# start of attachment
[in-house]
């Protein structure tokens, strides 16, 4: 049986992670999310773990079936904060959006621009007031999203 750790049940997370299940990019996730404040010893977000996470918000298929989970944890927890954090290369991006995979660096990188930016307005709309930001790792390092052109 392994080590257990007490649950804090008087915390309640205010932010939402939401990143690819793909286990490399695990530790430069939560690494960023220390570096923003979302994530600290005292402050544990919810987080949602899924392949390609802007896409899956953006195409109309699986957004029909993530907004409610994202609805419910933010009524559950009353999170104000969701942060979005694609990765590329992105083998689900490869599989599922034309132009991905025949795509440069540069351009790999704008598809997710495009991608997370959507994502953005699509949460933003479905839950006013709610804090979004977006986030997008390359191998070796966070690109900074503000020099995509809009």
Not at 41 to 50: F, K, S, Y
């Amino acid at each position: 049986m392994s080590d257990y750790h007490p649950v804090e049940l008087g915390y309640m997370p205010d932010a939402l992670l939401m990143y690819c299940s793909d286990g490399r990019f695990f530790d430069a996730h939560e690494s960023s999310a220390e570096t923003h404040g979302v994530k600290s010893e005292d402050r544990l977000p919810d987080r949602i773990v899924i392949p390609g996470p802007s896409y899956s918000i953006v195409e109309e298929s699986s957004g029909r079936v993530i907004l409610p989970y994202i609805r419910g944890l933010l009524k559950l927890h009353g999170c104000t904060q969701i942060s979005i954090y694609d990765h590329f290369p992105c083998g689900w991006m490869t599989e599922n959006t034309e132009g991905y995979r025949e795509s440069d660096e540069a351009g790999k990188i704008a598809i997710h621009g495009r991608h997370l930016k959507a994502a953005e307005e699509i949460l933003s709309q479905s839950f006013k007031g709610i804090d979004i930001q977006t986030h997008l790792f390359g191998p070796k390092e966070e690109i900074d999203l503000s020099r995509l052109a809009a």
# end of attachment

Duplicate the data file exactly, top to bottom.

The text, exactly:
[in-house]
């Protein structure tokens, strides 16, 4: 049986992670999310773990079936904060959006621009007031999203 750790049940997370299940990019996730404040010893977000996470918000298929989970944890927890954090290369991006995979660096990188930016307005709309930001790792390092052109 392994080590257990007490649950804090008087915390309640205010932010939402939401990143690819793909286990490399695990530790430069939560690494960023220390570096923003979302994530600290005292402050544990919810987080949602899924392949390609802007896409899956953006195409109309699986957004029909993530907004409610994202609805419910933010009524559950009353999170104000969701942060979005694609990765590329992105083998689900490869599989599922034309132009991905025949795509440069540069351009790999704008598809997710495009991608997370959507994502953005699509949460933003479905839950006013709610804090979004977006986030997008390359191998070796966070690109900074503000020099995509809009």
Not at 41 to 50: F, K, S, Y
């Amino acid at each position: 049986m392994s080590d257990y750790h007490p649950v804090e049940l008087g915390y309640m997370p205010d932010a939402l992670l939401m990143y690819c299940s793909d286990g490399r990019f695990f530790d430069a996730h939560e690494s960023s999310a220390e570096t923003h404040g979302v994530k600290s010893e005292d402050r544990l977000p919810d987080r949602i773990v899924i392949p390609g996470p802007s896409y899956s918000i953006v195409e109309e298929s699986s957004g029909r079936v993530i907004l409610p989970y994202i609805r419910g944890l933010l009524k559950l927890h009353g999170c104000t904060q969701i942060s979005i954090y694609d990765h590329f290369p992105c083998g689900w991006m490869t599989e599922n959006t034309e132009g991905y995979r025949e795509s440069d660096e540069a351009g790999k990188i704008a598809i997710h621009g495009r991608h997370l930016k959507a994502a953005e307005e699509i949460l933003s709309q479905s839950f006013k007031g709610i804090d979004i930001q977006t986030h997008l790792f390359g191998p070796k390092e966070e690109i900074d999203l503000s020099r995509l052109a809009a």